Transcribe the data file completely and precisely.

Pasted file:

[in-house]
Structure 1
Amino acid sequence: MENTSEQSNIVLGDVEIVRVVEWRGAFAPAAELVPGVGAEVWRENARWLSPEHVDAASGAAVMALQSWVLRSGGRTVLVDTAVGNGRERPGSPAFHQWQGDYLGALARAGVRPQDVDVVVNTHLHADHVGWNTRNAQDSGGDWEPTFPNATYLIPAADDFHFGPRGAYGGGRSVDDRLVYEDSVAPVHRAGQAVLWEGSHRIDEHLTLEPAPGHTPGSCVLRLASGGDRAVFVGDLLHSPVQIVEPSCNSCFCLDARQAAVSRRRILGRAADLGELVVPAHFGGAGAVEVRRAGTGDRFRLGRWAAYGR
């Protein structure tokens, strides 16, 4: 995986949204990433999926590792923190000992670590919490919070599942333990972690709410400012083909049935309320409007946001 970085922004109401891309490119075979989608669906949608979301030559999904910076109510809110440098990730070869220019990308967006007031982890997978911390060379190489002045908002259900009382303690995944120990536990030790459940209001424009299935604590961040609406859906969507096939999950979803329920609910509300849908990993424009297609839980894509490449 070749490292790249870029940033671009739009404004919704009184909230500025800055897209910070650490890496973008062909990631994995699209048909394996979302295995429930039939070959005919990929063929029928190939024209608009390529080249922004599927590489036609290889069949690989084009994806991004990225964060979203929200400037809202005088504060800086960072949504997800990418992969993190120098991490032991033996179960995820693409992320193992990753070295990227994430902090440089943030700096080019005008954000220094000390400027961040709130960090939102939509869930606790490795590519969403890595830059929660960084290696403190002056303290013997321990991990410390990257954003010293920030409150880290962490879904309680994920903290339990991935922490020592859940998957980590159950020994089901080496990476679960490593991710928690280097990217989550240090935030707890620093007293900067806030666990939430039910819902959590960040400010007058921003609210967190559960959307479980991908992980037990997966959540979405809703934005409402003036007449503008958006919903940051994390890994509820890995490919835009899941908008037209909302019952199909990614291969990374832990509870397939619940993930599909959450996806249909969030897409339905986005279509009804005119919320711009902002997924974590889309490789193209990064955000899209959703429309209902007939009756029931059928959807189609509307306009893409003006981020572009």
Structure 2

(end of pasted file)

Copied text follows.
[in-house]
Structure 1
Amino acid sequence: MENTSEQSNIVLGDVEIVRVVEWRGAFAPAAELVPGVGAEVWRENARWLSPEHVDAASGAAVMALQSWVLRSGGRTVLVDTAVGNGRERPGSPAFHQWQGDYLGALARAGVRPQDVDVVVNTHLHADHVGWNTRNAQDSGGDWEPTFPNATYLIPAADDFHFGPRGAYGGGRSVDDRLVYEDSVAPVHRAGQAVLWEGSHRIDEHLTLEPAPGHTPGSCVLRLASGGDRAVFVGDLLHSPVQIVEPSCNSCFCLDARQAAVSRRRILGRAADLGELVVPAHFGGAGAVEVRRAGTGDRFRLGRWAAYGR
């Protein structure tokens, strides 16, 4: 995986949204990433999926590792923190000992670590919490919070599942333990972690709410400012083909049935309320409007946001 970085922004109401891309490119075979989608669906949608979301030559999904910076109510809110440098990730070869220019990308967006007031982890997978911390060379190489002045908002259900009382303690995944120990536990030790459940209001424009299935604590961040609406859906969507096939999950979803329920609910509300849908990993424009297609839980894509490449 070749490292790249870029940033671009739009404004919704009184909230500025800055897209910070650490890496973008062909990631994995699209048909394996979302295995429930039939070959005919990929063929029928190939024209608009390529080249922004599927590489036609290889069949690989084009994806991004990225964060979203929200400037809202005088504060800086960072949504997800990418992969993190120098991490032991033996179960995820693409992320193992990753070295990227994430902090440089943030700096080019005008954000220094000390400027961040709130960090939102939509869930606790490795590519969403890595830059929660960084290696403190002056303290013997321990991990410390990257954003010293920030409150880290962490879904309680994920903290339990991935922490020592859940998957980590159950020994089901080496990476679960490593991710928690280097990217989550240090935030707890620093007293900067806030666990939430039910819902959590960040400010007058921003609210967190559960959307479980991908992980037990997966959540979405809703934005409402003036007449503008958006919903940051994390890994509820890995490919835009899941908008037209909302019952199909990614291969990374832990509870397939619940993930599909959450996806249909969030897409339905986005279509009804005119919320711009902002997924974590889309490789193209990064955000899209959703429309209902007939009756029931059928959807189609509307306009893409003006981020572009």
Structure 2